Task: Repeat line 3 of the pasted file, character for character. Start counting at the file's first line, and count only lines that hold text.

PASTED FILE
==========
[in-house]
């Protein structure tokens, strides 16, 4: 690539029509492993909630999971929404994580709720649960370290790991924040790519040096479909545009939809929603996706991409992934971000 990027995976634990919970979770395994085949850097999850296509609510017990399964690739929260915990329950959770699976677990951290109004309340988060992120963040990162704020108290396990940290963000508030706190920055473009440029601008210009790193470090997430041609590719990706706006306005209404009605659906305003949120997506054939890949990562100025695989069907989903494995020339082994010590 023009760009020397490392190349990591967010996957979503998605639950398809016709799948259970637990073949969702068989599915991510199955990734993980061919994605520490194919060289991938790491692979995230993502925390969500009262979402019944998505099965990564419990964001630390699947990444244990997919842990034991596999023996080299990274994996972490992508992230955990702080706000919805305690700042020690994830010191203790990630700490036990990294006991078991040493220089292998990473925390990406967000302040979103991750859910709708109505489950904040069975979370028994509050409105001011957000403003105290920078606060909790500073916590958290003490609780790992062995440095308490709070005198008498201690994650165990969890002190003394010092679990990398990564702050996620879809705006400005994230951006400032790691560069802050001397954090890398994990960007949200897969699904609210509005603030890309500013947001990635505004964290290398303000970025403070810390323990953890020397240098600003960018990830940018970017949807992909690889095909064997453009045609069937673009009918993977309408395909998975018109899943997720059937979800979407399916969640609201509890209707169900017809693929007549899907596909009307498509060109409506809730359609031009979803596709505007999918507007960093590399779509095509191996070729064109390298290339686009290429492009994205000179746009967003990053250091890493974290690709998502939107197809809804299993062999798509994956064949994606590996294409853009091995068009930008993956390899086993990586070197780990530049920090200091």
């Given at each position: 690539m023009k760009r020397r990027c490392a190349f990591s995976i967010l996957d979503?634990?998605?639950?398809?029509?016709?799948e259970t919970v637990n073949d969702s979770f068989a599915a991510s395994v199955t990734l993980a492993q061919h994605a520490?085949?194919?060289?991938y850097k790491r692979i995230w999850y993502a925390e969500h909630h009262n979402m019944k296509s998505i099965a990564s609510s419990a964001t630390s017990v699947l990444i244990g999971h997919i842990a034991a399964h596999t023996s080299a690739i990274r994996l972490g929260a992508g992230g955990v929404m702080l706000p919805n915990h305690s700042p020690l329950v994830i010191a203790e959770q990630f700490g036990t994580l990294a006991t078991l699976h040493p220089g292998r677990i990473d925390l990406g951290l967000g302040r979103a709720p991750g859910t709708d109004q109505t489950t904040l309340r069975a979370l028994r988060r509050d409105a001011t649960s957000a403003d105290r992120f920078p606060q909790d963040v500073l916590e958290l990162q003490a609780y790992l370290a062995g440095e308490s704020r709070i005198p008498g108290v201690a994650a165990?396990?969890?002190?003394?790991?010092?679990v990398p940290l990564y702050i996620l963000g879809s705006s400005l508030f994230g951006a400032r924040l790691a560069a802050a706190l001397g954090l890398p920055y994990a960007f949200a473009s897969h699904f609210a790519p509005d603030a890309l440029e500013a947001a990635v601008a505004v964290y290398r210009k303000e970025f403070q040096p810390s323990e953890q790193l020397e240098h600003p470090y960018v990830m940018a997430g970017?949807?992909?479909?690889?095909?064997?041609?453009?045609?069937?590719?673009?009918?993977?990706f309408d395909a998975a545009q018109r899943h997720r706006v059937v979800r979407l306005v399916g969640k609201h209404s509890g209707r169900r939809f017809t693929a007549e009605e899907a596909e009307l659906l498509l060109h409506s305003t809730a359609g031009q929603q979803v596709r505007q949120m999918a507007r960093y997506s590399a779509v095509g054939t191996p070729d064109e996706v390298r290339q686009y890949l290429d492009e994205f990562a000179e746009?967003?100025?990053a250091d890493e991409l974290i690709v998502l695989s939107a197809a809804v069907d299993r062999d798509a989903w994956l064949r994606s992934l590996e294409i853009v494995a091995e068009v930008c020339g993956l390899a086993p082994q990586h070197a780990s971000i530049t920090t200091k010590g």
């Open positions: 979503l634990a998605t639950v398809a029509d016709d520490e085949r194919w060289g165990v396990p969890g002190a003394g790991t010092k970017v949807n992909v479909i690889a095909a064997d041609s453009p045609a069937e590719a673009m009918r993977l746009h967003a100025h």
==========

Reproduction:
């Given at each position: 690539m023009k760009r020397r990027c490392a190349f990591s995976i967010l996957d979503?634990?998605?639950?398809?029509?016709?799948e259970t919970v637990n073949d969702s979770f068989a599915a991510s395994v199955t990734l993980a492993q061919h994605a520490?085949?194919?060289?991938y850097k790491r692979i995230w999850y993502a925390e969500h909630h009262n979402m019944k296509s998505i099965a990564s609510s419990a964001t630390s017990v699947l990444i244990g999971h997919i842990a034991a399964h596999t023996s080299a690739i990274r994996l972490g929260a992508g992230g955990v929404m702080l706000p919805n915990h305690s700042p020690l329950v994830i010191a203790e959770q990630f700490g036990t994580l990294a006991t078991l699976h040493p220089g292998r677990i990473d925390l990406g951290l967000g302040r979103a709720p991750g859910t709708d109004q109505t489950t904040l309340r069975a979370l028994r988060r509050d409105a001011t649960s957000a403003d105290r992120f920078p606060q909790d963040v500073l916590e958290l990162q003490a609780y790992l370290a062995g440095e308490s704020r709070i005198p008498g108290v201690a994650a165990?396990?969890?002190?003394?790991?010092?679990v990398p940290l990564y702050i996620l963000g879809s705006s400005l508030f994230g951006a400032r924040l790691a560069a802050a706190l001397g954090l890398p920055y994990a960007f949200a473009s897969h699904f609210a790519p509005d603030a890309l440029e500013a947001a990635v601008a505004v964290y290398r210009k303000e970025f403070q040096p810390s323990e953890q790193l020397e240098h600003p470090y960018v990830m940018a997430g970017?949807?992909?479909?690889?095909?064997?041609?453009?045609?069937?590719?673009?009918?993977?990706f309408d395909a998975a545009q018109r899943h997720r706006v059937v979800r979407l306005v399916g969640k609201h209404s509890g209707r169900r939809f017809t693929a007549e009605e899907a596909e009307l659906l498509l060109h409506s305003t809730a359609g031009q929603q979803v596709r505007q949120m999918a507007r960093y997506s590399a779509v095509g054939t191996p070729d064109e996706v390298r290339q686009y890949l290429d492009e994205f990562a000179e746009?967003?100025?990053a250091d890493e991409l974290i690709v998502l695989s939107a197809a809804v069907d299993r062999d798509a989903w994956l064949r994606s992934l590996e294409i853009v494995a091995e068009v930008c020339g993956l390899a086993p082994q990586h070197a780990s971000i530049t920090t200091k010590g």